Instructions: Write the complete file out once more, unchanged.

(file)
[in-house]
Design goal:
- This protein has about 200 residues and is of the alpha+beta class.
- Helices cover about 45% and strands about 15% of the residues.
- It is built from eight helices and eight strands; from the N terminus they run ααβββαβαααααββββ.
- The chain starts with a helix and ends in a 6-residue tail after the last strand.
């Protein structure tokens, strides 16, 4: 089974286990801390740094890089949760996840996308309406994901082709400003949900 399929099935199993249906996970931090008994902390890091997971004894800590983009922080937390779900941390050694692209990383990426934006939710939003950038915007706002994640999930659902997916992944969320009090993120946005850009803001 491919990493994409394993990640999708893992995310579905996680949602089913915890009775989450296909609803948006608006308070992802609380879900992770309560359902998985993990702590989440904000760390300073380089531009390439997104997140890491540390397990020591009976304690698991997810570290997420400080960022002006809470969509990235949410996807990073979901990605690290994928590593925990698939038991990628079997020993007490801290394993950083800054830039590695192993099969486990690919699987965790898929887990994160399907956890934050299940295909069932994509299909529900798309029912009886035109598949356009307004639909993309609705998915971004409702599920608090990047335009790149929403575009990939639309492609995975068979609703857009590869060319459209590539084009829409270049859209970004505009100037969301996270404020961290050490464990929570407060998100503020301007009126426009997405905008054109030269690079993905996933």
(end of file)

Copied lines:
[in-house]
Design goal:
- This protein has about 200 residues and is of the alpha+beta class.
- Helices cover about 45% and strands about 15% of the residues.
- It is built from eight helices and eight strands; from the N terminus they run ααβββαβαααααββββ.
- The chain starts with a helix and ends in a 6-residue tail after the last strand.
């Protein structure tokens, strides 16, 4: 089974286990801390740094890089949760996840996308309406994901082709400003949900 399929099935199993249906996970931090008994902390890091997971004894800590983009922080937390779900941390050694692209990383990426934006939710939003950038915007706002994640999930659902997916992944969320009090993120946005850009803001 491919990493994409394993990640999708893992995310579905996680949602089913915890009775989450296909609803948006608006308070992802609380879900992770309560359902998985993990702590989440904000760390300073380089531009390439997104997140890491540390397990020591009976304690698991997810570290997420400080960022002006809470969509990235949410996807990073979901990605690290994928590593925990698939038991990628079997020993007490801290394993950083800054830039590695192993099969486990690919699987965790898929887990994160399907956890934050299940295909069932994509299909529900798309029912009886035109598949356009307004639909993309609705998915971004409702599920608090990047335009790149929403575009990939639309492609995975068979609703857009590869060319459209590539084009829409270049859209970004505009100037969301996270404020961290050490464990929570407060998100503020301007009126426009997405905008054109030269690079993905996933």